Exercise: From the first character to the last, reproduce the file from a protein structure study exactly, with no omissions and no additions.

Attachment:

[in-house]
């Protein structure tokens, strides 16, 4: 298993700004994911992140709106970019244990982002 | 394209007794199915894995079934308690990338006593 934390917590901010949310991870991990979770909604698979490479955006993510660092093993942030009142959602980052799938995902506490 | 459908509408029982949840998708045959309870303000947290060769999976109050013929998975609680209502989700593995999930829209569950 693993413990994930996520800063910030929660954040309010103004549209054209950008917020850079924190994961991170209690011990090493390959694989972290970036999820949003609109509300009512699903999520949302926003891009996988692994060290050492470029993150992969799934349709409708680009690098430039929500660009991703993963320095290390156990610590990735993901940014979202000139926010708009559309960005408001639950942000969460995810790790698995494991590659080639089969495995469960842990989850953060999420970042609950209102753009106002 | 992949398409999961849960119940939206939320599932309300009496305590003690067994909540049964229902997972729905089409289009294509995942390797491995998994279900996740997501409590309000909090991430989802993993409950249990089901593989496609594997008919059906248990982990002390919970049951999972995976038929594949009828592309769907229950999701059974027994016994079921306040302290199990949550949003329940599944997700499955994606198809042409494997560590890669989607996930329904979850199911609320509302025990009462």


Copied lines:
[in-house]
């Protein structure tokens, strides 16, 4: 298993700004994911992140709106970019244990982002 | 394209007794199915894995079934308690990338006593 934390917590901010949310991870991990979770909604698979490479955006993510660092093993942030009142959602980052799938995902506490 | 459908509408029982949840998708045959309870303000947290060769999976109050013929998975609680209502989700593995999930829209569950 693993413990994930996520800063910030929660954040309010103004549209054209950008917020850079924190994961991170209690011990090493390959694989972290970036999820949003609109509300009512699903999520949302926003891009996988692994060290050492470029993150992969799934349709409708680009690098430039929500660009991703993963320095290390156990610590990735993901940014979202000139926010708009559309960005408001639950942000969460995810790790698995494991590659080639089969495995469960842990989850953060999420970042609950209102753009106002 | 992949398409999961849960119940939206939320599932309300009496305590003690067994909540049964229902997972729905089409289009294509995942390797491995998994279900996740997501409590309000909090991430989802993993409950249990089901593989496609594997008919059906248990982990002390919970049951999972995976038929594949009828592309769907229950999701059974027994016994079921306040302290199990949550949003329940599944997700499955994606198809042409494997560590890669989607996930329904979850199911609320509302025990009462």